Why SFF: A Reading List

Please welcome my friend M.K. Hutchins, whose YA fantasy novel Drift is both a Junior Library Guild Selection and a VOYA Top Shelf Honoree.  I asked her why she wrote science fiction and fantasy, as opposed to other genres, and she responded with this delightful set of book recommendations and musings about the value of the genre.

I write fantasy and science fiction for a very simple reason: it’s what I love to read. But explaining why in the abstract proves beyond me. So here’s a list of novels and short stories that exemplify what I love best about the genre. Of course other genres can do these things, but the blend of these elements is the reason I come back to fantasy and science fiction over and over again.

ghostbrideSense of Place: It’s okay, in SFF, to lavish a little extra love on the setting and description. The Ghost Bride by Yangsze Choo does a remarkable job of creating immersive settings — when I think of this book, I still smell coconut. The novel takes me across the world, back in time, and then drags me into a supernatural realm. J.S. Bang’s short story, “The Judge’s Right Hand”, likewise transports me with careful use of details and voice — this time into an eerie Western frontier.

whatsleftIdeas. When I was a kid, my family played a game at the dinner table called PMI: Pluses, Minuses, and Interesting Points. We’d start with a question — what if all cars were blue? — and go from there. SFF asks what if? all the time, extrapolating technology and culture from simple starting points. Kat Zhang’s What’s Left of Me is an alternate history where everyone is born with two souls; it delves into the PMIs of sharing a body and never being alone. This was great fun. Leah Cypess’ “What We Ourselves Are Not” explores a fascinating what if? about culture and memory.

naturalhistoryRemoving Contextual Bias. It’s pretty much impossible to talk about Prohibition without talking about the 1920’s. Place a story in a fantasy world or a space station, and suddenly it’s possible to take a fresh look at government control, the social cost of alcohol, and maybe even make me look at the 1920’s in a new way.

I’m enamored of Marie Brennan’s A Natural History of Dragons in part because in taking me to new places, it makes me think about my own world — both about how culture interact and clash and about how science happens. There’s also a delightful narrative voice and dragons. Dragons are awesome. “Tuesdays with Molakesh the Destroyer” by Megan Grey takes a familiar situation — being a high school student — and makes me revisit it with fresh eyes because, well, that old neighbor next-door is a demon. It’s not exactly my world anymore.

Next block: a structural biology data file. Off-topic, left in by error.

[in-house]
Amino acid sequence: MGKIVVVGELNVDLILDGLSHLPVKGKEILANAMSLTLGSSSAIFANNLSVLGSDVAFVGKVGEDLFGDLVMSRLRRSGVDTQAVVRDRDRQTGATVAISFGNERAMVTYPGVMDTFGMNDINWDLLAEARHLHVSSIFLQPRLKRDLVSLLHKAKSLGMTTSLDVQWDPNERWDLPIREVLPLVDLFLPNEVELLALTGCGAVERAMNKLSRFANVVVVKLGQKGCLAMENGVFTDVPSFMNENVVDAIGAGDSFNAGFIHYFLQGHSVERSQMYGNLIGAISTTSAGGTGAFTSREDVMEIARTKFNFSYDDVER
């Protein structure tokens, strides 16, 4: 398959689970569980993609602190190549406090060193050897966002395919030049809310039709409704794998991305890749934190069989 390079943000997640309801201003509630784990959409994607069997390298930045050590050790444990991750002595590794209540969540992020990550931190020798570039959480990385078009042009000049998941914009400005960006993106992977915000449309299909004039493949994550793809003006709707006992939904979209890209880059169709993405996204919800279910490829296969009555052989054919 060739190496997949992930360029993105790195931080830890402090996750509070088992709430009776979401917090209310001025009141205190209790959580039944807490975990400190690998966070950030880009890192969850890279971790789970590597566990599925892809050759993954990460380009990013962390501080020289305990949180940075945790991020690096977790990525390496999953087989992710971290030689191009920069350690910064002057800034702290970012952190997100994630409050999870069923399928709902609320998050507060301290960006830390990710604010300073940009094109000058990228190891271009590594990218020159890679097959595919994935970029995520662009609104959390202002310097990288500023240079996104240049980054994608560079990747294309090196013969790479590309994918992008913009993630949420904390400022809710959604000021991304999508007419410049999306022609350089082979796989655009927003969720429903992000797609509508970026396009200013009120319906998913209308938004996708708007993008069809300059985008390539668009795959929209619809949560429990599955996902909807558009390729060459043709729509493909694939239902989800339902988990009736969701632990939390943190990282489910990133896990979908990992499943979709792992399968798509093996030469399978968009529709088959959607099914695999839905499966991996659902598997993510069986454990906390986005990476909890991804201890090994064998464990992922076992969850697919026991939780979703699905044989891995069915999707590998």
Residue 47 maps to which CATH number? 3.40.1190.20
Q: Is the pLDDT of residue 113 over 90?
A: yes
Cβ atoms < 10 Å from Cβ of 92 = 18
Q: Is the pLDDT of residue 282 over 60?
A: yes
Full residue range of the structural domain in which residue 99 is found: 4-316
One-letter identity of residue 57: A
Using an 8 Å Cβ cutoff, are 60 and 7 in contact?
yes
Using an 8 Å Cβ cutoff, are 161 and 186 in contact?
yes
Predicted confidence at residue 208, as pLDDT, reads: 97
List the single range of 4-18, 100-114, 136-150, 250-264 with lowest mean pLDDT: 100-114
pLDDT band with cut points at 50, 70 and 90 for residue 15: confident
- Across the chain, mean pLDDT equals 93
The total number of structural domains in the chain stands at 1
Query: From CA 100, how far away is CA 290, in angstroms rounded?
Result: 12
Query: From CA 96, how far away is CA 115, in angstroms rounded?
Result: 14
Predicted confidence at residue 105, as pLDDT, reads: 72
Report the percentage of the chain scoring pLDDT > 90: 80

crescentmoonAdventure. This probably doesn’t need any explanation. I love a great adventure. The Throne of the Crescent Moon by Saladin Ahmed has heart-pounding action, intrigue, and mystery, along with compelling characters, tight worldbuilding, and really scary monsters. I also heartily recommend Eric James Stone’s “Rijiggering the Thingamajig.”

herosguideSheer Fun. Maybe when there’s magic and spaceships in the manuscript, it’s easier to step back and laugh at yourself. I really don’t know why, but whether it’s smiling at a hobbit’s understated wit or laughing out loud at a purposefully-zany plot, I enjoy the humor I find in SFF. The Hero’s Guide to Saving Your Kingdom by Christopher Healy is ridiculous and over-the-top in the best possible, Middle Grade kind of way. I also love Oliver Buckram’s “When Robot Mermaids Attack,” and his “Un Opera nello Spazio” and “Half a Conversation, Overheard While Inside an Enormous Sentient Slug”. Oliver Buckram’s an expert at this.

desertofsoulsNostalgia. So, I’m a sucker for things like fairy-tale retellings. It turns something well-know and much-loved into something fresh that I can experience again for the first time. The Desert of Souls by Howard Andrew Jones isn’t based on any particular story that I know of, but it feels like it belongs with Arabian Nights. “The Light Crusader’s Dark Desert” by James Beamon makes great use of ancient deities and a post-apocalyptic world and creates something new and amazing from them.

I suppose I love speculative fiction because of the way it makes my brain work — it gives me wondrous settings and ideas to experience and explore, along with an emotional ride that is thrilling, thought-provoking, or hilarious (or all in turn). Whether I’m reading it or writing it, this is what I come to SFF for.

M.K. Hutchins’ YA fantasy novel Drift is both a Junior Library Guild Selection and a VOYA Top Shelf Honoree. Her short fiction appears in IGMS and Daily Science Fiction. She studied archaeology at BYU, giving her the opportunity to compile ancient Maya genealogies, excavate in Belize, and work as a faunal analyst. She blogs at http://www.mkhutchins.com.

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